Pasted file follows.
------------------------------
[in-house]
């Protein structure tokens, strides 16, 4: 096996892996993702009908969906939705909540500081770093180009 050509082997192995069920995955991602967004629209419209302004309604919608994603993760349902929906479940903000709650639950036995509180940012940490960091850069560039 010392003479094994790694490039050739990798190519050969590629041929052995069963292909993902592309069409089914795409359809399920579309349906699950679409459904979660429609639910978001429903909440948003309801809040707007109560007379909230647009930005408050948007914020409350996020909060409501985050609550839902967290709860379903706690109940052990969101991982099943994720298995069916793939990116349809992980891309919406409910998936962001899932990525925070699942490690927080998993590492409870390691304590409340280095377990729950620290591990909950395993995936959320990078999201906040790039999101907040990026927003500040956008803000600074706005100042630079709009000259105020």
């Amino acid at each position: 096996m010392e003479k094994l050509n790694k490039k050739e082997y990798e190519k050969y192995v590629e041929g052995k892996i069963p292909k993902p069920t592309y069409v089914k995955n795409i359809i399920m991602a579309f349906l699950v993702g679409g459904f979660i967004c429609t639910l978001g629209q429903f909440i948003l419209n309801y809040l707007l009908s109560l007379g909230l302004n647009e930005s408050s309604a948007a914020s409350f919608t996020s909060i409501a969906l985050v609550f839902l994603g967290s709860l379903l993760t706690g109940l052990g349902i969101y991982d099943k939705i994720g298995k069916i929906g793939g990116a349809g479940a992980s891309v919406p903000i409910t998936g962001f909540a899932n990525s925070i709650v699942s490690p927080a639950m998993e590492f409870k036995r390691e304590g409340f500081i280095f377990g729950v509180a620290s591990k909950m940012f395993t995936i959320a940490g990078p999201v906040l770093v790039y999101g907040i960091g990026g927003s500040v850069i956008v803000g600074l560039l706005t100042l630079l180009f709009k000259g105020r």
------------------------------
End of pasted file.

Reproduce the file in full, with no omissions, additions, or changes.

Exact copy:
[in-house]
């Protein structure tokens, strides 16, 4: 096996892996993702009908969906939705909540500081770093180009 050509082997192995069920995955991602967004629209419209302004309604919608994603993760349902929906479940903000709650639950036995509180940012940490960091850069560039 010392003479094994790694490039050739990798190519050969590629041929052995069963292909993902592309069409089914795409359809399920579309349906699950679409459904979660429609639910978001429903909440948003309801809040707007109560007379909230647009930005408050948007914020409350996020909060409501985050609550839902967290709860379903706690109940052990969101991982099943994720298995069916793939990116349809992980891309919406409910998936962001899932990525925070699942490690927080998993590492409870390691304590409340280095377990729950620290591990909950395993995936959320990078999201906040790039999101907040990026927003500040956008803000600074706005100042630079709009000259105020």
């Amino acid at each position: 096996m010392e003479k094994l050509n790694k490039k050739e082997y990798e190519k050969y192995v590629e041929g052995k892996i069963p292909k993902p069920t592309y069409v089914k995955n795409i359809i399920m991602a579309f349906l699950v993702g679409g459904f979660i967004c429609t639910l978001g629209q429903f909440i948003l419209n309801y809040l707007l009908s109560l007379g909230l302004n647009e930005s408050s309604a948007a914020s409350f919608t996020s909060i409501a969906l985050v609550f839902l994603g967290s709860l379903l993760t706690g109940l052990g349902i969101y991982d099943k939705i994720g298995k069916i929906g793939g990116a349809g479940a992980s891309v919406p903000i409910t998936g962001f909540a899932n990525s925070i709650v699942s490690p927080a639950m998993e590492f409870k036995r390691e304590g409340f500081i280095f377990g729950v509180a620290s591990k909950m940012f395993t995936i959320a940490g990078p999201v906040l770093v790039y999101g907040i960091g990026g927003s500040v850069i956008v803000g600074l560039l706005t100042l630079l180009f709009k000259g105020r």